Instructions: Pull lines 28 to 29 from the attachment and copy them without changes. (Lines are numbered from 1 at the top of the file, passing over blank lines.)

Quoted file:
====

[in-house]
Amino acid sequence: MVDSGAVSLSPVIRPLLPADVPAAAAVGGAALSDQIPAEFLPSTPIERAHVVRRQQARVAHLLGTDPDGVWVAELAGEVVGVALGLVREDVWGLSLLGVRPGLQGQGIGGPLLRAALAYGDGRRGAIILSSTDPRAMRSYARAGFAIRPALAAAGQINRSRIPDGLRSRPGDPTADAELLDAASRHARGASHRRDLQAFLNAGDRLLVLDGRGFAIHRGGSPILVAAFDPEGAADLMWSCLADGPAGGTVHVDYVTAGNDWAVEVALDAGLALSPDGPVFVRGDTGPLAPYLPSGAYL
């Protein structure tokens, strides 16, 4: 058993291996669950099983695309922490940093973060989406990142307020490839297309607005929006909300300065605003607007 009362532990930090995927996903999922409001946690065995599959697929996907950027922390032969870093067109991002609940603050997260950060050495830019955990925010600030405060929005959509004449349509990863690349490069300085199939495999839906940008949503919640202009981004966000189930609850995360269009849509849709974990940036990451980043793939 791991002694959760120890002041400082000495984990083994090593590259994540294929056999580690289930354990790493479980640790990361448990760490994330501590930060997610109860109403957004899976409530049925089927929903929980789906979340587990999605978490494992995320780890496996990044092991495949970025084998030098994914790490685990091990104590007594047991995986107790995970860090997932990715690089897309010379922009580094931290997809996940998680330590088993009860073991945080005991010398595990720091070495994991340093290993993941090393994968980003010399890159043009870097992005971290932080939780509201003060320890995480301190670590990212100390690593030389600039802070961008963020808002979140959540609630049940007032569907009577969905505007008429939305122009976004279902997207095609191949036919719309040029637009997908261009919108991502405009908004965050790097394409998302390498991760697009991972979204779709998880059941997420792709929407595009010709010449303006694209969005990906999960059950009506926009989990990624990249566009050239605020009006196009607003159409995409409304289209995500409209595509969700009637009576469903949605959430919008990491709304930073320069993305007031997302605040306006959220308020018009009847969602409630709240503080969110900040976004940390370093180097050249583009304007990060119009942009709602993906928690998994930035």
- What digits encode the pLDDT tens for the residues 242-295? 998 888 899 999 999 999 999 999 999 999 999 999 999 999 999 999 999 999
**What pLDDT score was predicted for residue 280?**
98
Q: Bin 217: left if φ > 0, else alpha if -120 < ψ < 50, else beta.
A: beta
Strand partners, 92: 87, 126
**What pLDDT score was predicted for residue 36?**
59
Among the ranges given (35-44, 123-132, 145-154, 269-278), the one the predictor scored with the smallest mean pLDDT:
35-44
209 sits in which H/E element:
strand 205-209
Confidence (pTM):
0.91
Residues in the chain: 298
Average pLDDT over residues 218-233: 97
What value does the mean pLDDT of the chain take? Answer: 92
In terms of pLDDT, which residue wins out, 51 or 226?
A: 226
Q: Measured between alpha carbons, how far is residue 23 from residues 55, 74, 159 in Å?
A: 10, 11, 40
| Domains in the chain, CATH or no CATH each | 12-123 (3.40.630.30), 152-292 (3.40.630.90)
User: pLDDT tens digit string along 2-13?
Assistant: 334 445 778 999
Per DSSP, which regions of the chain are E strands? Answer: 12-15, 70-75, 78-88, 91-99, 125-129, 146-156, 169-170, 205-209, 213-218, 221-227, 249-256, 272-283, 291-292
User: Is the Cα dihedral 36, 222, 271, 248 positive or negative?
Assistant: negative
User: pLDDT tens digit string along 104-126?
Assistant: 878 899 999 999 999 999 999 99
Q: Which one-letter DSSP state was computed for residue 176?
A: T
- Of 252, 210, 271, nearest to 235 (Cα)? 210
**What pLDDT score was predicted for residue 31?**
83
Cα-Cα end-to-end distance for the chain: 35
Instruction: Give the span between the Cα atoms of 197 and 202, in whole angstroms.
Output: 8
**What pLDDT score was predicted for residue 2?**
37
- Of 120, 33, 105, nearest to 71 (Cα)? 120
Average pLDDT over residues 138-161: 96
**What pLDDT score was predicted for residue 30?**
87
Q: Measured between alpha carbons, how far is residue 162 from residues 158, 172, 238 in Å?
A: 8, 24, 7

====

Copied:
Per DSSP, which regions of the chain are E strands? Answer: 12-15, 70-75, 78-88, 91-99, 125-129, 146-156, 169-170, 205-209, 213-218, 221-227, 249-256, 272-283, 291-292
User: Is the Cα dihedral 36, 222, 271, 248 positive or negative?